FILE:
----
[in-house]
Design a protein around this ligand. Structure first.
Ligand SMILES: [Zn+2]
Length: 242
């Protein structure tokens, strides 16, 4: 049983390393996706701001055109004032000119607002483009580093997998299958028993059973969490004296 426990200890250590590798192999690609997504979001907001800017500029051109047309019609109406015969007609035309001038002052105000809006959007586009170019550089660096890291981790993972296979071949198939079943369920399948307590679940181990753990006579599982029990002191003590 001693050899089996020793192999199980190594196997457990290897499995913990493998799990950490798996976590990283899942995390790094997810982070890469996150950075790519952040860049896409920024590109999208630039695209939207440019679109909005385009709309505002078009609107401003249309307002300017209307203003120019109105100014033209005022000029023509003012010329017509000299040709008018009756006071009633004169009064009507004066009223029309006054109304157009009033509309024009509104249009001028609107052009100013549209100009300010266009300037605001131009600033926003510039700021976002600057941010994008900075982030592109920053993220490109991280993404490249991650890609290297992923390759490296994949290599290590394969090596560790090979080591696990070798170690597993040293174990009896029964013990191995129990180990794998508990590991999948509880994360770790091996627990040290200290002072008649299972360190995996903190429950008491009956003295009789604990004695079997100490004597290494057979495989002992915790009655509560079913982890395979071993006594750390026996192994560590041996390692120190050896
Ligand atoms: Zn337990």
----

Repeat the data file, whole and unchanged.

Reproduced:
[in-house]
Design a protein around this ligand. Structure first.
Ligand SMILES: [Zn+2]
Length: 242
């Protein structure tokens, strides 16, 4: 049983390393996706701001055109004032000119607002483009580093997998299958028993059973969490004296 426990200890250590590798192999690609997504979001907001800017500029051109047309019609109406015969007609035309001038002052105000809006959007586009170019550089660096890291981790993972296979071949198939079943369920399948307590679940181990753990006579599982029990002191003590 001693050899089996020793192999199980190594196997457990290897499995913990493998799990950490798996976590990283899942995390790094997810982070890469996150950075790519952040860049896409920024590109999208630039695209939207440019679109909005385009709309505002078009609107401003249309307002300017209307203003120019109105100014033209005022000029023509003012010329017509000299040709008018009756006071009633004169009064009507004066009223029309006054109304157009009033509309024009509104249009001028609107052009100013549209100009300010266009300037605001131009600033926003510039700021976002600057941010994008900075982030592109920053993220490109991280993404490249991650890609290297992923390759490296994949290599290590394969090596560790090979080591696990070798170690597993040293174990009896029964013990191995129990180990794998508990590991999948509880994360770790091996627990040290200290002072008649299972360190995996903190429950008491009956003295009789604990004695079997100490004597290494057979495989002992915790009655509560079913982890395979071993006594750390026996192994560590041996390692120190050896
Ligand atoms: Zn337990």